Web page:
To fulfill this vision, the preacher planted a seed, which grew into a Raintree, and the area became known as Raintree County.

The novel explores Shawnessy's search for the meaning of the mythical Raintree, for he is sure not only that it exists but that it is the Tree of Knowledge. If he can only find it, he believes he will solve the riddle of its existence and his own life. In pursuing both quests, he looks repeatedly to nature for answers to his questions.

Even in his youth, Shawnessy's great passion for life and nature is already evident, as he returns repeatedly to an isolated spot by the Shawmucky River to do his writing. Here he can relax away from the rest of the world. Nature is perfect in its splendor to him; he feels drawn and connected to it as if it holds secrets about himself that he has yet to discover. This connection to nature provides John's inspiration for writing, yet he is also reminded of nature's power, when the Great Swamp nearly swallows him up.

Raintree County is also filled with imagery about the land. Shawnessy reflects on the deforestation that took place before he was born and the former vastness of the forest. The South Field of the family farm had once been "part of the great oak forest which apparently had covered several square miles of the land around the Home Place." This forest was "itself a remnant of that legendary great forest which extended clear across the Mississippi Valley and of which there were still some dim recollections handed down from the earliest settlers and explorers" (53).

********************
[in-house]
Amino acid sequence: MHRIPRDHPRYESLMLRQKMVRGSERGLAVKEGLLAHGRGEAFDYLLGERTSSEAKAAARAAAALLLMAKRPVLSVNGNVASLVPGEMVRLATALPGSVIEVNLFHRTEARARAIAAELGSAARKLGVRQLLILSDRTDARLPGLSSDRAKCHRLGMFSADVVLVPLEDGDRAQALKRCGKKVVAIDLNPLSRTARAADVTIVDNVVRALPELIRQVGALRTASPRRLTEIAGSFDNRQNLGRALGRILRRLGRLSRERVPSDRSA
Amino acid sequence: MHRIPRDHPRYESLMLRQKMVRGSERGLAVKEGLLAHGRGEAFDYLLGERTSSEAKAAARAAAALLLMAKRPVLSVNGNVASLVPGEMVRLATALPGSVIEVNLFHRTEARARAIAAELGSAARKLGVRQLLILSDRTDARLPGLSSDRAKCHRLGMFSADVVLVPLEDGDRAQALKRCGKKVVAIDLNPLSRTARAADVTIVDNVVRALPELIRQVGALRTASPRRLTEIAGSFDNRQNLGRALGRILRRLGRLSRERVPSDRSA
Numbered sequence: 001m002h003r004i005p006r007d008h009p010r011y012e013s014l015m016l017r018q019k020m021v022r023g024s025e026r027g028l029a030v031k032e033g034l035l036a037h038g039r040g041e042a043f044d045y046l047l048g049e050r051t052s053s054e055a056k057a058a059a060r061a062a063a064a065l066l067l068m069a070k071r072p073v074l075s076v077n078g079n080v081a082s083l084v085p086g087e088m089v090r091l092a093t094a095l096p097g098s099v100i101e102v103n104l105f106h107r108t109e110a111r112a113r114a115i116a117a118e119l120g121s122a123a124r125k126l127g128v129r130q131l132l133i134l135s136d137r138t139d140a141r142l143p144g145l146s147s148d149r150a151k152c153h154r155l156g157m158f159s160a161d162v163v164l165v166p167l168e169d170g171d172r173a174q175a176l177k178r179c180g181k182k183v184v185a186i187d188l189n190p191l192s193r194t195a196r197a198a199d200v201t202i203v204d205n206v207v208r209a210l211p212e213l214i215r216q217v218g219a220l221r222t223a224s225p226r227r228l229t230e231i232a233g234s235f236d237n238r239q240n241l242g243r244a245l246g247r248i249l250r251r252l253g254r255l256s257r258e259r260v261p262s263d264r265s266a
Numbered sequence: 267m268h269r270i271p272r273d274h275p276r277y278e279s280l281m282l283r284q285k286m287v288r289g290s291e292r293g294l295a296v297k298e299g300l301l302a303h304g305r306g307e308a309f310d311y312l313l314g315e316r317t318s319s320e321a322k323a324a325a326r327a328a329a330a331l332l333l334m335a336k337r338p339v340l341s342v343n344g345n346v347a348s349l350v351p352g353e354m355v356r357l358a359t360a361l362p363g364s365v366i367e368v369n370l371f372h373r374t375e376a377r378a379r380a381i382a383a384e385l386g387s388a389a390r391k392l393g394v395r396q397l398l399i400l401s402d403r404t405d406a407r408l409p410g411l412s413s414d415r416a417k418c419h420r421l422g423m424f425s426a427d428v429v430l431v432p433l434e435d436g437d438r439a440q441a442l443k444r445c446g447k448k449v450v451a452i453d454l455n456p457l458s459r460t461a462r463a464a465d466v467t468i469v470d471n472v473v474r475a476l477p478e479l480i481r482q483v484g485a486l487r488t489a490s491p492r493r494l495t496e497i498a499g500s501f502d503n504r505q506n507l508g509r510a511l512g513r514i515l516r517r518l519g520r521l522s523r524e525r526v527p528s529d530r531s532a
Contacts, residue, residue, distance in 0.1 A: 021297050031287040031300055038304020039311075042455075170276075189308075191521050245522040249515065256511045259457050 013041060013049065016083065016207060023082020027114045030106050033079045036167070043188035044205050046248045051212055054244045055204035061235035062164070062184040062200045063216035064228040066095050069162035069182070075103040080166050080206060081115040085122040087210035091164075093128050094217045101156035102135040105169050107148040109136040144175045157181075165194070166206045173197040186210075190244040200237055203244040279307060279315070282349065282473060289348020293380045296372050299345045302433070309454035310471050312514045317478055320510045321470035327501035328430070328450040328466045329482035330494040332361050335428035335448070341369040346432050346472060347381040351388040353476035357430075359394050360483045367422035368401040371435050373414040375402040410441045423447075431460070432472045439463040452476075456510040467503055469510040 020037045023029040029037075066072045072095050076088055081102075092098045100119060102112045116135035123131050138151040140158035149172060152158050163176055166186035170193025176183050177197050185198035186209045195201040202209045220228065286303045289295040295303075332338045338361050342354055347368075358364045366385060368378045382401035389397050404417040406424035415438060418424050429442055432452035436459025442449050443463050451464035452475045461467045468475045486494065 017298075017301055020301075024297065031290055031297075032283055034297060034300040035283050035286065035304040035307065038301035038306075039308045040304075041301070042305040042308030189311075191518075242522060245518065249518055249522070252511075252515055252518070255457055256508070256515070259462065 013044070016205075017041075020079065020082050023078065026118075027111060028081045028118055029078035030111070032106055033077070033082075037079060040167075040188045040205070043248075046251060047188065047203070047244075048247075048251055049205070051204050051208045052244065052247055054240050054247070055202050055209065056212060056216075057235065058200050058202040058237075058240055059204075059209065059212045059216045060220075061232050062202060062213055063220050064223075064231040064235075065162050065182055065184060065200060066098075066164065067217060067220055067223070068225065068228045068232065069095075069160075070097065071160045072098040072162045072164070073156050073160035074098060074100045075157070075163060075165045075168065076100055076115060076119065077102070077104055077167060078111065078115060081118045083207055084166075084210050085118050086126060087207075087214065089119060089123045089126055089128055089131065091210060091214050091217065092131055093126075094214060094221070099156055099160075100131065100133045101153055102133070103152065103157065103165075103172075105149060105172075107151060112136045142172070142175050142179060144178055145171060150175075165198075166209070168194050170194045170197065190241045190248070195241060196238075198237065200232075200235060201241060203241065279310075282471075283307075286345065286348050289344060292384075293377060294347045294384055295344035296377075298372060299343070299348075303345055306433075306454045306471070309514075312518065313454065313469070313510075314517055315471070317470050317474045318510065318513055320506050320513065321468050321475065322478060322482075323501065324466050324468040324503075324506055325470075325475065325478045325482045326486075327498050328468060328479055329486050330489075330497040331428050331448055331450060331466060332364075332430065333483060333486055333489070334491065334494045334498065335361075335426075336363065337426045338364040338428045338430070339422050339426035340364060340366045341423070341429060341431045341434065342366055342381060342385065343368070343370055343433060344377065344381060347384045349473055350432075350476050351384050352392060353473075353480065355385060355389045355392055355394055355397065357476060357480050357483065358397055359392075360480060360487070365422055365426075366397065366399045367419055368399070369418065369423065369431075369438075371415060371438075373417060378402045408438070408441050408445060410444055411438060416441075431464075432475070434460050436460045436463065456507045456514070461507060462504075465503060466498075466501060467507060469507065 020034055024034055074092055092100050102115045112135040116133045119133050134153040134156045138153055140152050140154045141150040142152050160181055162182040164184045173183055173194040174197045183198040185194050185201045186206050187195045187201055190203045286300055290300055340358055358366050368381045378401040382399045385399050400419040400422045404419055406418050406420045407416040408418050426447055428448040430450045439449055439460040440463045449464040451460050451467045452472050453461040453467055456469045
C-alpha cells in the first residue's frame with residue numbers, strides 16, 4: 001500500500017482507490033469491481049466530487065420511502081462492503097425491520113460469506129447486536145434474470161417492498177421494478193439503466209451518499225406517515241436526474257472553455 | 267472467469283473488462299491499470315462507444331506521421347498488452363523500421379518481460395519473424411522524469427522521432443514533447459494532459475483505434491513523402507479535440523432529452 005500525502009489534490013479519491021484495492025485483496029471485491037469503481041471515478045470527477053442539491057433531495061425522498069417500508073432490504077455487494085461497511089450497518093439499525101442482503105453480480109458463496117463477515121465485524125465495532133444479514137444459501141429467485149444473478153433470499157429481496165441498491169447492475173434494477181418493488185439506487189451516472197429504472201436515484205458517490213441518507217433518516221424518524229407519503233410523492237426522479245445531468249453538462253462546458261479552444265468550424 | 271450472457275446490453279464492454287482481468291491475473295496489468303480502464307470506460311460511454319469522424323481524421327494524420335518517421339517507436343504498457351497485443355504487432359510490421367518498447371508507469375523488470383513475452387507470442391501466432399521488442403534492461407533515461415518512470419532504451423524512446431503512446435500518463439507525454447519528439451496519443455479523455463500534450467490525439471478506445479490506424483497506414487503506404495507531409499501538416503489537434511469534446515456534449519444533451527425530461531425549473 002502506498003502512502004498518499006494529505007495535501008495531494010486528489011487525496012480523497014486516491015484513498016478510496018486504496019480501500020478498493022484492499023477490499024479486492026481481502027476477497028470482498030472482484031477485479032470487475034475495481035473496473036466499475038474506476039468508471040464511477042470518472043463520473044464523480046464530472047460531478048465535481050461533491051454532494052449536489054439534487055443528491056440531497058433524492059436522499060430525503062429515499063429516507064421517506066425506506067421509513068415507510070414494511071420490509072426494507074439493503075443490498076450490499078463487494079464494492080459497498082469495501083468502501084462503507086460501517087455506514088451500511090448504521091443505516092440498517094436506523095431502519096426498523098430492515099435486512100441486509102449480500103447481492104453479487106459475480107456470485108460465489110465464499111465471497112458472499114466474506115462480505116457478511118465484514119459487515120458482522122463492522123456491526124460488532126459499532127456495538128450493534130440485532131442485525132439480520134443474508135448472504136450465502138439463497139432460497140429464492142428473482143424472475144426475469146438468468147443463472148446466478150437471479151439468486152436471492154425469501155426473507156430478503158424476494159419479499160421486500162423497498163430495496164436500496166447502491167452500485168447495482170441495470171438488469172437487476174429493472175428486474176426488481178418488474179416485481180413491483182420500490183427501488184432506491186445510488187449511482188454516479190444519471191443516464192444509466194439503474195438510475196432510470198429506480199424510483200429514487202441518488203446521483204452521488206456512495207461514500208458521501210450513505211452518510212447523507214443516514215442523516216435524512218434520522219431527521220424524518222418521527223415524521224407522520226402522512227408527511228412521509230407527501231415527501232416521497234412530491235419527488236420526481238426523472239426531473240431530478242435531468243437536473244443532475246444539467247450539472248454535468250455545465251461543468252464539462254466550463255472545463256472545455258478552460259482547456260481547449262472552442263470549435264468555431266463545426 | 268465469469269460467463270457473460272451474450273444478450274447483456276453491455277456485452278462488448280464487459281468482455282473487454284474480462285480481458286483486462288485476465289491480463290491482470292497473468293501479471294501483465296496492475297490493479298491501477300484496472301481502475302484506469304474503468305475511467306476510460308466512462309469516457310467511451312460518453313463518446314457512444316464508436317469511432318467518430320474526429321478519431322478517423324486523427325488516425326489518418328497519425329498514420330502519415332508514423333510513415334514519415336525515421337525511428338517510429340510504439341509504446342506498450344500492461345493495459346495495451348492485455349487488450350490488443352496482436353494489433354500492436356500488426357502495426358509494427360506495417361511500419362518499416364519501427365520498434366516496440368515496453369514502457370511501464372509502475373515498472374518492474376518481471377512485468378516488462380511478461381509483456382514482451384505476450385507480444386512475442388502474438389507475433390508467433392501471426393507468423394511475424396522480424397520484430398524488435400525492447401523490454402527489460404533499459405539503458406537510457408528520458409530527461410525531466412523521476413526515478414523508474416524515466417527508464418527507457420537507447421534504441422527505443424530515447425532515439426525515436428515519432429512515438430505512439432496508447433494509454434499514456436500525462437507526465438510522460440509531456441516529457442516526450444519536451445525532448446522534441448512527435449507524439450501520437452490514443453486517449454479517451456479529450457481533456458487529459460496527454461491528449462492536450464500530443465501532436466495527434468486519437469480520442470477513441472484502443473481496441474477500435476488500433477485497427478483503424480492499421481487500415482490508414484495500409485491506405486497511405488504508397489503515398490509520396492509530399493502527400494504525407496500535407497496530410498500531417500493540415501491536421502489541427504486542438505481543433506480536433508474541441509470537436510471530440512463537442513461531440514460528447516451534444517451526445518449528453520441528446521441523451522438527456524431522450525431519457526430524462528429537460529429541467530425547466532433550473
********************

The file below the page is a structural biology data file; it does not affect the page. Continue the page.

To John, the land is a living being, but masked by human creations: “The formal map of Raintree County had been laid down like a mask on something formless, warm, recumbent, convolved with rivers, undulous with flowering hills, blurred with motion, green with life” (7). Primeval nature, writhing with life, is covered by the constructed works of humankind.

One of those constructed works is the railroad. After fighting in the Civil War, Shawnessy returns to Raintree County and is distraught to find that the railroad has entered his hometown. The train, he says, "doesn’t know the earth it passes over" (232), but is instead separated from nature.